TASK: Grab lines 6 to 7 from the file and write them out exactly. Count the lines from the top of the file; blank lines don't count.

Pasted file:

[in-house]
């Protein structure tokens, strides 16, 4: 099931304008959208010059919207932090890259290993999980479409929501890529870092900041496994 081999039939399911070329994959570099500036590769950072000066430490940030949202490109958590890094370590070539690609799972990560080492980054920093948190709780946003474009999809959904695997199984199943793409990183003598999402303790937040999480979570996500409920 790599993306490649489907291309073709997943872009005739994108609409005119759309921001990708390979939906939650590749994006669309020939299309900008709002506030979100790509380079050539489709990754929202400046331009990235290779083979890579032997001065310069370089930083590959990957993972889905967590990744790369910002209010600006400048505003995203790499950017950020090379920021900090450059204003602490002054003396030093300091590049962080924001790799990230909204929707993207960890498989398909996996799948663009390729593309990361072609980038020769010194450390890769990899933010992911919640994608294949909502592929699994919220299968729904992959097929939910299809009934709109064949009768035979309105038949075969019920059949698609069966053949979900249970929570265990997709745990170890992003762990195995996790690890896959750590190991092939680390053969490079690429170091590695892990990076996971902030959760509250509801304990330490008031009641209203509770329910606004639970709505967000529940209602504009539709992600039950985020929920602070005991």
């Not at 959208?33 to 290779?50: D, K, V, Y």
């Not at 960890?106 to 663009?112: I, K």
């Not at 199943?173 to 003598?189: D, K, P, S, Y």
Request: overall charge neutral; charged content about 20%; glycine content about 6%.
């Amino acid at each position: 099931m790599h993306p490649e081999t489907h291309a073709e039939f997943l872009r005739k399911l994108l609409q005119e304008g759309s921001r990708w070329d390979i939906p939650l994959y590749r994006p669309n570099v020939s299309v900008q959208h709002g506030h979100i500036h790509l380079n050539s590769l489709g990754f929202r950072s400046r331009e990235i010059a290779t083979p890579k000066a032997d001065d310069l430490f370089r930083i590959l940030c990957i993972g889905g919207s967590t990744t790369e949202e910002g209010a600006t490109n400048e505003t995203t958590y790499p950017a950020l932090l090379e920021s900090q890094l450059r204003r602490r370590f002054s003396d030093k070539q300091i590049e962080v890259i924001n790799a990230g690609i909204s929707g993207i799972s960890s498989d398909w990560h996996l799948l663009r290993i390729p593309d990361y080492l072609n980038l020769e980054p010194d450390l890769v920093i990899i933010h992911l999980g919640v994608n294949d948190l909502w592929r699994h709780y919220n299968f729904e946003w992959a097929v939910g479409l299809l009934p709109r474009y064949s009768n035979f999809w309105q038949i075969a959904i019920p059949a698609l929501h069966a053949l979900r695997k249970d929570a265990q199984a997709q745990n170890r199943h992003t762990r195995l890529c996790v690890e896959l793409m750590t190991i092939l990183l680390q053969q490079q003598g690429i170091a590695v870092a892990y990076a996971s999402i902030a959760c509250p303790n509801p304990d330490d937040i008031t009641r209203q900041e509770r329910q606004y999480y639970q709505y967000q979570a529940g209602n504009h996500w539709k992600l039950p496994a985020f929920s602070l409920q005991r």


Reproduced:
Request: overall charge neutral; charged content about 20%; glycine content about 6%.
């Amino acid at each position: 099931m790599h993306p490649e081999t489907h291309a073709e039939f997943l872009r005739k399911l994108l609409q005119e304008g759309s921001r990708w070329d390979i939906p939650l994959y590749r994006p669309n570099v020939s299309v900008q959208h709002g506030h979100i500036h790509l380079n050539s590769l489709g990754f929202r950072s400046r331009e990235i010059a290779t083979p890579k000066a032997d001065d310069l430490f370089r930083i590959l940030c990957i993972g889905g919207s967590t990744t790369e949202e910002g209010a600006t490109n400048e505003t995203t958590y790499p950017a950020l932090l090379e920021s900090q890094l450059r204003r602490r370590f002054s003396d030093k070539q300091i590049e962080v890259i924001n790799a990230g690609i909204s929707g993207i799972s960890s498989d398909w990560h996996l799948l663009r290993i390729p593309d990361y080492l072609n980038l020769e980054p010194d450390l890769v920093i990899i933010h992911l999980g919640v994608n294949d948190l909502w592929r699994h709780y919220n299968f729904e946003w992959a097929v939910g479409l299809l009934p709109r474009y064949s009768n035979f999809w309105q038949i075969a959904i019920p059949a698609l929501h069966a053949l979900r695997k249970d929570a265990q199984a997709q745990n170890r199943h992003t762990r195995l890529c996790v690890e896959l793409m750590t190991i092939l990183l680390q053969q490079q003598g690429i170091a590695v870092a892990y990076a996971s999402i902030a959760c509250p303790n509801p304990d330490d937040i008031t009641r209203q900041e509770r329910q606004y999480y639970q709505y967000q979570a529940g209602n504009h996500w539709k992600l039950p496994a985020f929920s602070l409920q005991r």